Three More Tips on Seed Starting – What the Gurus May Not Have Told You

It’s winter, and the garden is at rest, but I’ve been plenty busy, indoors, getting a head start on next year’s garden.

Starting plants from seed is one of my favorite winter gardening chores.  It requires very little time and effort, and I’m usually rewarded with almost instant results, as the shoots of new life begin emerging from the soil in just a matter of a days.

Starting plants from seed is also one of my favorite ways to save money in the garden.  For just a couple of bucks, I can produce hundreds of little seedlings for the same cost that I’d pay for six, or so,  at a local nursery or home store.

There are a lot of wonderful articles written by professional gardeners and garden bloggers to help the beginner and veteran gardener, alike, on seed starting.  Fine Gardening Magazine and Mother Earth News are two of my favorite sites to visit when I’m  searching for DIY and how-to gardening information.  Between the two of them (and all of the other gardening gurus on the net), they’ve pretty much got the subject fully covered.

However, it dawned on me the other day, as I was starting a new batch of brassica seedlings, that they didn’t tell me everything there is to know about seed starting, and there are a few things that I’ve learned, by myself, along the way that have made seed starting a little easier and cost effective for me.

So, just for the fun of it, I thought I’d share three of my own tips on seed starting with you – tips that you may have never learned from an expert gardener.

First, veteran gardeners will tell you that you want to choose a good seed starting medium – one that says “seed starting potting mix”, or something similar, on the bag.  Standard potting soil, or compost may be too rich an environment for seeds to germinate in, and soil from your yard will, most likely, contain too many weed seeds, bacteria, or fungi that will compete with the new seedlings –although you can use it if you sterilize it first (another great cost savings that I may need to think about doing in the future).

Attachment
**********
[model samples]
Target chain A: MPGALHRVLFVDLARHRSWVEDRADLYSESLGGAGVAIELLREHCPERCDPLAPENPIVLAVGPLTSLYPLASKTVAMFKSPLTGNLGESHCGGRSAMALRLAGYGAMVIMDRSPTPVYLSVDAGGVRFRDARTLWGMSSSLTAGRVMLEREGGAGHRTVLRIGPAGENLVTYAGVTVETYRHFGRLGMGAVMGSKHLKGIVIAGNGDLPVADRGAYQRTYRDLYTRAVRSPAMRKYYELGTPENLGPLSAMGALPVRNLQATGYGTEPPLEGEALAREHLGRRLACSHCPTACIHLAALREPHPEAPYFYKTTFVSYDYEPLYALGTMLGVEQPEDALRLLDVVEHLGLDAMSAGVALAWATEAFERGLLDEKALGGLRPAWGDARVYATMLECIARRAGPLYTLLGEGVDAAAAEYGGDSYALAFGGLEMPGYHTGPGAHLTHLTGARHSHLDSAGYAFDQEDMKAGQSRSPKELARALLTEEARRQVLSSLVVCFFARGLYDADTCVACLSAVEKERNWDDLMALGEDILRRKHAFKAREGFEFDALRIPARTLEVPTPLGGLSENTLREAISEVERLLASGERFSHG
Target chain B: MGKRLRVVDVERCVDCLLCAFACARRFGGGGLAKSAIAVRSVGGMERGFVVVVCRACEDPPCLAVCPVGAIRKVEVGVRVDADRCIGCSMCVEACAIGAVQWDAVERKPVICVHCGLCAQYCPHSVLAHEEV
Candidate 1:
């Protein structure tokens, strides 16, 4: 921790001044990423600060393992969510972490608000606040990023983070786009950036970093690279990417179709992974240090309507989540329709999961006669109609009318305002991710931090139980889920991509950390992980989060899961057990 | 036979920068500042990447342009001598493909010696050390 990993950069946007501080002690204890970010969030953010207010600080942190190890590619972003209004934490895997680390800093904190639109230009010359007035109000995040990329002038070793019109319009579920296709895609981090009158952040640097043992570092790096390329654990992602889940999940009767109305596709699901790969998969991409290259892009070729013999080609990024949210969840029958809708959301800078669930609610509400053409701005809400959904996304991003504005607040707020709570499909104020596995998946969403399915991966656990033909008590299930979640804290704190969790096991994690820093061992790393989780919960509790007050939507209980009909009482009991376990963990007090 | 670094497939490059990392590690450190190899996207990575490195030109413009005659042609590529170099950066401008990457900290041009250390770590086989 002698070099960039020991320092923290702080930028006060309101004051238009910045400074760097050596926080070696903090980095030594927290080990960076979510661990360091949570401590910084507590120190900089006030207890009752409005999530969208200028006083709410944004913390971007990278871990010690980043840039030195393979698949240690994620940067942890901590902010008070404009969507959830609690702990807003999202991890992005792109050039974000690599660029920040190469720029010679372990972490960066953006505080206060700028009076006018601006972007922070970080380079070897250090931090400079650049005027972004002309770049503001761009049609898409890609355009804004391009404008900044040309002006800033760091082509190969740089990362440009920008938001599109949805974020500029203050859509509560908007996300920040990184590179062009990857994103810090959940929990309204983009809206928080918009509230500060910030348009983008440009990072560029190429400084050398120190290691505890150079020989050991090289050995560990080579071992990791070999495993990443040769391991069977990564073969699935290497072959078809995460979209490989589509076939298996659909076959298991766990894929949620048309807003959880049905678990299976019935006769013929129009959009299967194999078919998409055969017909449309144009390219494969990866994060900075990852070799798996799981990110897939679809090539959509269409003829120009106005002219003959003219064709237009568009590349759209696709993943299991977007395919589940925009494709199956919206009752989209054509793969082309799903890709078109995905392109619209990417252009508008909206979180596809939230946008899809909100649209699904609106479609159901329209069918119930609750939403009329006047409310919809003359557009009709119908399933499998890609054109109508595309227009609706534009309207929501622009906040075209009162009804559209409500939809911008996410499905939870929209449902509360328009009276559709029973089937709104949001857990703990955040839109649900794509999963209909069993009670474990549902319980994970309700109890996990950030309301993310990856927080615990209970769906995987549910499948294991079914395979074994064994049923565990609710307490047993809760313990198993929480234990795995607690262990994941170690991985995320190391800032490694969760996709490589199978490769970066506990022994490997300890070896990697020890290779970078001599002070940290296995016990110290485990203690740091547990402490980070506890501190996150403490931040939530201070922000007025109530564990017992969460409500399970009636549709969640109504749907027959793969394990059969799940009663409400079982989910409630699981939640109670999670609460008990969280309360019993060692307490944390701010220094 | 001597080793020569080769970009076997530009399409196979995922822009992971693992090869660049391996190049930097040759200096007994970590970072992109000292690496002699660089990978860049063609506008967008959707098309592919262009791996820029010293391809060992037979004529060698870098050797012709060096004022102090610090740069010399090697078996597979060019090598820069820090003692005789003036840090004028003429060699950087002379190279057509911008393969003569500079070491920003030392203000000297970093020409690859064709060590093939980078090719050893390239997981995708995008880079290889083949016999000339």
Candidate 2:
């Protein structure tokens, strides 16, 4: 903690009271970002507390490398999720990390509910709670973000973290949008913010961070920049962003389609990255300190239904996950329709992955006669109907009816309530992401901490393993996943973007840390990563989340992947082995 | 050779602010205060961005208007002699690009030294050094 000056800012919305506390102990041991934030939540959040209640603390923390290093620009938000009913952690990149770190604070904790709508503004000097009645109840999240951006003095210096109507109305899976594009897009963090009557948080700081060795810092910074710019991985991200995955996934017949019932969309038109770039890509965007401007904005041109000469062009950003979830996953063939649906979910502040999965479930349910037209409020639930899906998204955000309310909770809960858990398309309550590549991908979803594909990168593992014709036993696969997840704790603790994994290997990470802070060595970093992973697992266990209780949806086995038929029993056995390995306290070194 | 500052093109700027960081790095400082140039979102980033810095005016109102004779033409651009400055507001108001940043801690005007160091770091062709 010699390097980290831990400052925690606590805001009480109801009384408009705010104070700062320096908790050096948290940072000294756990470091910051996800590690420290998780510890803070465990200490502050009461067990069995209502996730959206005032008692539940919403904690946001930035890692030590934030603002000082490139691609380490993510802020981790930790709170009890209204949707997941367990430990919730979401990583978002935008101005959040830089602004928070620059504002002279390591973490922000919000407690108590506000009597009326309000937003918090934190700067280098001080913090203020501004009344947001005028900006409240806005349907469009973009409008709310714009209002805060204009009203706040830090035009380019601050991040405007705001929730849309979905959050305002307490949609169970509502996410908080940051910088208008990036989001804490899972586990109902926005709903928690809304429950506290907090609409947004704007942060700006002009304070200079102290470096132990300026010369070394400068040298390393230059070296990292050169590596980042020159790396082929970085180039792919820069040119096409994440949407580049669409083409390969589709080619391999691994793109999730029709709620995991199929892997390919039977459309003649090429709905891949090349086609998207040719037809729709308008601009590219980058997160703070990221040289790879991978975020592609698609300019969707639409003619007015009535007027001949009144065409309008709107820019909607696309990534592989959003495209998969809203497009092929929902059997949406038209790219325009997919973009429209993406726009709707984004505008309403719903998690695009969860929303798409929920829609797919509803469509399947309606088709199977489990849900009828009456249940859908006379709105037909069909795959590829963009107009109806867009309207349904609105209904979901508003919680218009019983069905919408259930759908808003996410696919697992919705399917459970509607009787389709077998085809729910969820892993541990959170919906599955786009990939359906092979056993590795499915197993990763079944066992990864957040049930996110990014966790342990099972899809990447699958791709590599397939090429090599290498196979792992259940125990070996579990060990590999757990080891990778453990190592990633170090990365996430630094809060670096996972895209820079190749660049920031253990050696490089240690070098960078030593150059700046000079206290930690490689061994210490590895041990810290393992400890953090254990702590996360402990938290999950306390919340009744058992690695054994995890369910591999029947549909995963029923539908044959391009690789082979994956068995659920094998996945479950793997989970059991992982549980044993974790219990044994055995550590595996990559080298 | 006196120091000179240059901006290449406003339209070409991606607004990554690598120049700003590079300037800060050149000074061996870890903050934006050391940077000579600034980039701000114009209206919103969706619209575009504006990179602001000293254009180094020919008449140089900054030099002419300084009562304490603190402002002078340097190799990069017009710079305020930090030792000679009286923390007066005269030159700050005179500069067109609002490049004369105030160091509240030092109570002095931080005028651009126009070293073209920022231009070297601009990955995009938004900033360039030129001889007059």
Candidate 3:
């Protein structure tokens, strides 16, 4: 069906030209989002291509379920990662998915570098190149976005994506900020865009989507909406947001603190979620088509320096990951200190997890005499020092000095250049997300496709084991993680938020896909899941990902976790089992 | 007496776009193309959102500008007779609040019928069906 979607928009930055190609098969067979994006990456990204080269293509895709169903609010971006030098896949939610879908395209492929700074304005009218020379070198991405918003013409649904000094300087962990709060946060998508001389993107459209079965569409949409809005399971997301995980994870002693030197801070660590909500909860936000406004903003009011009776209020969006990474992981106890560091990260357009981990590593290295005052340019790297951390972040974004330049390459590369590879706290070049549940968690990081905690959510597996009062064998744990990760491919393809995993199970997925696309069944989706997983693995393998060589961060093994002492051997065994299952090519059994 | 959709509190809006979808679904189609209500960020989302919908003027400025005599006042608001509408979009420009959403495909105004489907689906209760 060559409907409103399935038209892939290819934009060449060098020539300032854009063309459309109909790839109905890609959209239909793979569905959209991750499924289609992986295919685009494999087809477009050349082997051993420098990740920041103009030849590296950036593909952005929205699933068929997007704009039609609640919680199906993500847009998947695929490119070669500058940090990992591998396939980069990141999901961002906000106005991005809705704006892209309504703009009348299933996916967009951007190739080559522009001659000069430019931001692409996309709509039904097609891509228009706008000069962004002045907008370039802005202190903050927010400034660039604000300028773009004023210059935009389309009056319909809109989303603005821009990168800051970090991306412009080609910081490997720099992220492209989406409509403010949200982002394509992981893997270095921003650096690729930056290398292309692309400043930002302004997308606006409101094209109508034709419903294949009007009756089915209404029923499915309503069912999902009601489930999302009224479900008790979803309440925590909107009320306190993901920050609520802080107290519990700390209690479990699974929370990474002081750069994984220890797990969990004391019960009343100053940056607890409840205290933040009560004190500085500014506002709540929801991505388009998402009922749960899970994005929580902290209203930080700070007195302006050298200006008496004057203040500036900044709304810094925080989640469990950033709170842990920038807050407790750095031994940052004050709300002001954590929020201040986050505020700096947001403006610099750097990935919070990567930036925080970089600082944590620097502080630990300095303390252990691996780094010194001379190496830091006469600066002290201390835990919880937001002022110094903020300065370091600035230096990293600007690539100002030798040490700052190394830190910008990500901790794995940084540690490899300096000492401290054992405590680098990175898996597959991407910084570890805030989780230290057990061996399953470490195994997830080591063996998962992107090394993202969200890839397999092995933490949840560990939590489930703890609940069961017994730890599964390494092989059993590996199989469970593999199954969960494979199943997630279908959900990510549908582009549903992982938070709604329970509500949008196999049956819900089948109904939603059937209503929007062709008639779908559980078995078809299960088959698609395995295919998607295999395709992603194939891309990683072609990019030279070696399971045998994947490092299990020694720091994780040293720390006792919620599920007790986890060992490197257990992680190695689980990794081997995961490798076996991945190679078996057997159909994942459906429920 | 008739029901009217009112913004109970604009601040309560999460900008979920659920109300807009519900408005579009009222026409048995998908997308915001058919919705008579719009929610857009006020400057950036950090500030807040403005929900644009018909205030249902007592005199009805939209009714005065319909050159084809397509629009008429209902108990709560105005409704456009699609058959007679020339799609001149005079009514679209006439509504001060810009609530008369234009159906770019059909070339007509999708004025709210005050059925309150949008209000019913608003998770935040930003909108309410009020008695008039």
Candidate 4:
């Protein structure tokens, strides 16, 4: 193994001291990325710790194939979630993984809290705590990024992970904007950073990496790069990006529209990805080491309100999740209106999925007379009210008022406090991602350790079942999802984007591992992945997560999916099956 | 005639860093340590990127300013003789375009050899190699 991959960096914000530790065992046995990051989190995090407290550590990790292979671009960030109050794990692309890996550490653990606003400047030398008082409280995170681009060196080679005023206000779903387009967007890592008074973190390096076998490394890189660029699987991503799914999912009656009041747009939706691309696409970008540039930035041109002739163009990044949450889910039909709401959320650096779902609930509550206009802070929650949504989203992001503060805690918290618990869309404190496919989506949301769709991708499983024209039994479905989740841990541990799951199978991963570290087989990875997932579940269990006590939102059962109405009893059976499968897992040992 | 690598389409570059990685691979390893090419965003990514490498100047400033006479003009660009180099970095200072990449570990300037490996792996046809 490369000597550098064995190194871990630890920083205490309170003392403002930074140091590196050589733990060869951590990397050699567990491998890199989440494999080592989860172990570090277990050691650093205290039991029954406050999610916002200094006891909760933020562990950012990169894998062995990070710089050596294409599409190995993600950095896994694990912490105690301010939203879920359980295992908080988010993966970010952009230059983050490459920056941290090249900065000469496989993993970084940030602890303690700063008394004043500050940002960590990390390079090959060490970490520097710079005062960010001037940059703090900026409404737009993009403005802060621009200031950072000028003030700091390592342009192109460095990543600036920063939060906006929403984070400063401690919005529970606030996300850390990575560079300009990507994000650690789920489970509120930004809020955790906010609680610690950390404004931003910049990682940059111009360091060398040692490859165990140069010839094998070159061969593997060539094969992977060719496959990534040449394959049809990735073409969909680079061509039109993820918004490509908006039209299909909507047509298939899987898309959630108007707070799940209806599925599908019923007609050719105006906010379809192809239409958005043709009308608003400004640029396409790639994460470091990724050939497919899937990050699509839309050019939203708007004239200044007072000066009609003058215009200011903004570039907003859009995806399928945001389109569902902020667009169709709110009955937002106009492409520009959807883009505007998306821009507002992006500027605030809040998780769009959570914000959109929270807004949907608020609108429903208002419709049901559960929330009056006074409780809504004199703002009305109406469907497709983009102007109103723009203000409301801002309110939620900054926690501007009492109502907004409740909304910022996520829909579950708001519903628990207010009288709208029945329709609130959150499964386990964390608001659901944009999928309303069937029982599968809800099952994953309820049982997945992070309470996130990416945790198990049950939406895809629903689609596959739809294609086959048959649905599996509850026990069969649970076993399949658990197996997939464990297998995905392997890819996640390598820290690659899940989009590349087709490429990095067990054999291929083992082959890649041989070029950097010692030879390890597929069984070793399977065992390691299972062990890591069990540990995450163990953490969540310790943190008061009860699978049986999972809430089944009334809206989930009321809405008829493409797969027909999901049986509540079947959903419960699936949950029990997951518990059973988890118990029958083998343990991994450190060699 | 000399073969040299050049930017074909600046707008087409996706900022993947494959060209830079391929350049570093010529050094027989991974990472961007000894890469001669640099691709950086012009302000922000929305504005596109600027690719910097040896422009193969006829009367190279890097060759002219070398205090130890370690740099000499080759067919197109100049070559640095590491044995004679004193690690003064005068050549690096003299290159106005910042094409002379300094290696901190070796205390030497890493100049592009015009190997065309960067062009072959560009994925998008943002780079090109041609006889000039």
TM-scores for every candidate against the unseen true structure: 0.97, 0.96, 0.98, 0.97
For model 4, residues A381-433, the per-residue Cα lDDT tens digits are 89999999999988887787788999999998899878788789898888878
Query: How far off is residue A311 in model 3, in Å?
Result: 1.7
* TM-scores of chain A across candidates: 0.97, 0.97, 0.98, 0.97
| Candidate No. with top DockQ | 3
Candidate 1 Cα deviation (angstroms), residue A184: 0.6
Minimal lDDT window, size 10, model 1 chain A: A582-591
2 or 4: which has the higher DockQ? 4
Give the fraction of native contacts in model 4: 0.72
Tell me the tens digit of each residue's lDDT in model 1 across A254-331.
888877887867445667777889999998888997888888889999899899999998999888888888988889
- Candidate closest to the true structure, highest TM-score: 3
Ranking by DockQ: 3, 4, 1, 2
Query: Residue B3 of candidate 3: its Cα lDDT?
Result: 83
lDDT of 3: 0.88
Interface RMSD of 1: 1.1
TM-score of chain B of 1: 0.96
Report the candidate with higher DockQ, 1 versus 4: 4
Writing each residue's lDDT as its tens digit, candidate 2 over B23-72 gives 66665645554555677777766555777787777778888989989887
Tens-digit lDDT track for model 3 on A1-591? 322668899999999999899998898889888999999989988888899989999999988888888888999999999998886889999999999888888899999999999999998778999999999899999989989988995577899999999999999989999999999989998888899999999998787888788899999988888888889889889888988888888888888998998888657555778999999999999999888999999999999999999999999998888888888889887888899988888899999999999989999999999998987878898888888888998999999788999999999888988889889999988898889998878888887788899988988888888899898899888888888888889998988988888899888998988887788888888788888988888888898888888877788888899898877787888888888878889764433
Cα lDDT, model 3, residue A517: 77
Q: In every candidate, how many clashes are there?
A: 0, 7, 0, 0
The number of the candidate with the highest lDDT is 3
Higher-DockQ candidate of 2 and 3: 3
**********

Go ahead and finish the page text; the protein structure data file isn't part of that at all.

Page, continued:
seed starter

One thing that they may not have told you, and I’ve learned, though, is that, when working with seed starting mix, make sure that you get it nice and wet before scooping it into your seed starting container.  How many times have I put the dry mix into the container and then attempted to add water to it, only to find the water beading up and running off of the surface and taking for-e-ver for the water to fully saturate the soil?  Let’s just say it was a while before I had my “a-ha!” moment.  I don’t know why I didn’t think of it earlier, but the best way to utilize this seed starting mix is to incorporate the water into the soil before ever attempting to add it to the planting container.  If you want to spend time planting, and not waiting for your soil mixture to get prepared to accept the seed, simply take a large mixing bowl, add in six or seven handfuls of soil, then add water and mix until all of the soil is nice and damp, and there are no dry spots left – you’ll be surprised at how much water it takes to saturate all of the mix.  (If you over-water, just squeeze the excess water out, in your hand, before putting the soil into your containers).

damp potting soil